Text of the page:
The “modernized” UniCredit is more than half run by funds
The ”all new” Unicredit bank , after an outstanding €13 billion capital growth, is now almost three quarters run by the market, its stakeholders meeting proved, stopping the long reign of non-profit banking foundations.
21 Apr 2017 – Italy 24
A total of 62% is owned by institutional investors, almost all foreign, and another 10% is owned by sovereign funds.
As was foreseeable, the avalanche of new paper has modified the structure of ownership: the banking foundations, which were previously the undisputed masters of the bank, today have 6% of the capital, while 13% has remained for retail investors, that is small savers, less than half of the 28.8% they had at the end of November.
The bank was already a public company — one of Italy’s few — and now today it is even more so. And since it’s true that the loyalty of market players is the most difficult to win, it is significant 57% of capital was represented at yesterday’s meeting, more than the 46% recorded last year when the spectrum of shareholders was narrower.
This was a success for new Chief Executive Jean Pierre Mustier, who was able to win the support of investment funds. And it was a confirmation of the unavoidable marginalization of small shareholders, traditional protagonists of the shareholders’ meeting, who yesterday did not fail to underline their displeasure over seeing that the bank that is no longer in their hands.
After the initial grumbling when voting began, there was nothing more to say: the accounts of the “old” UniCredit, that is €11.4 billion of losses in 2016 due to the heavy write downs on loans and stakes, passed with 99.9%, while the remuneration plan was also approved with a wide margin.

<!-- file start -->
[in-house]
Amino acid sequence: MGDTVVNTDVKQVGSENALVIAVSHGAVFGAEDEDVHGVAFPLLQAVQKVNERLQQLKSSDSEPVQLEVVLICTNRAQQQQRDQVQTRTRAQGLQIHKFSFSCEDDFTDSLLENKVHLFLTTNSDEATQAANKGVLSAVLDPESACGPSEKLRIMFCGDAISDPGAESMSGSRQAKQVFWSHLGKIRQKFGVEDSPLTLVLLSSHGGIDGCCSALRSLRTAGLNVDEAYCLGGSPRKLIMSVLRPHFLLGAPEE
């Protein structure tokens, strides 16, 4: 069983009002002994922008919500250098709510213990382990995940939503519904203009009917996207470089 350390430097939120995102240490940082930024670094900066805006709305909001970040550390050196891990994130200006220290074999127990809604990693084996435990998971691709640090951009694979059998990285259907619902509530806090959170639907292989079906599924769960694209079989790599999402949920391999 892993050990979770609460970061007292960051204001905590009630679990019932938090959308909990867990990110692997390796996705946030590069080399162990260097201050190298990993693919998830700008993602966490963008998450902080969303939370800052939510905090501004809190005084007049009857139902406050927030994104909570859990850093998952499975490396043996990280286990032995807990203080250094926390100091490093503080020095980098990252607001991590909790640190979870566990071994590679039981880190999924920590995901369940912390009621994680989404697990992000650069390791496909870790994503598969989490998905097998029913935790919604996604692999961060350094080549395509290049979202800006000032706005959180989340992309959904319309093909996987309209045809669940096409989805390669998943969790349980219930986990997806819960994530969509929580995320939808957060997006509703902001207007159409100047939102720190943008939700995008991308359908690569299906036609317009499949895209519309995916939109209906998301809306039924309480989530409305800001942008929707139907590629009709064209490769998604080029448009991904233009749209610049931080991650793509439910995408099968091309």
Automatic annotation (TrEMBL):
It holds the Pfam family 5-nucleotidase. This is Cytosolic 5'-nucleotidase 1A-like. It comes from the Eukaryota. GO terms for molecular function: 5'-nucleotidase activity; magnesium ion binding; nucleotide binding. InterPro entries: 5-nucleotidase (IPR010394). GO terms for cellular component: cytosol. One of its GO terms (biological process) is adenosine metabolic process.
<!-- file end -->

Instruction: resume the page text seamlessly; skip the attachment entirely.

Mustier and the top managers have cut their salaries by 40% – with relative incentives. As already happened last week at Eni, a few funds said no; banking foundations Fondazione CrTorino and CrTrieste abstained, and the director-general of CariVerona Giacomo Marino did not vote because he had already left the room.
UniCredit shares rose a further 1.8% yesterday. Now that the markets are playing an even bigger role, the situation makes it essential to look ahead. The bank plans a further disposal of NPLs (after a “significant reduction in deteriorated credit thanks to decisive actions to reduce risk, reaching the lowest level since mid-2010, Mustier underlined), the strengthening of capital (“We are ahead on the new Basel 3 rules”) and more in general the implementation of the Transform 2019 plan, which after the forced diet of 2016, already forecasts a return to a dividend on 2017 results, equal to 20% of profits net of extraordinary items.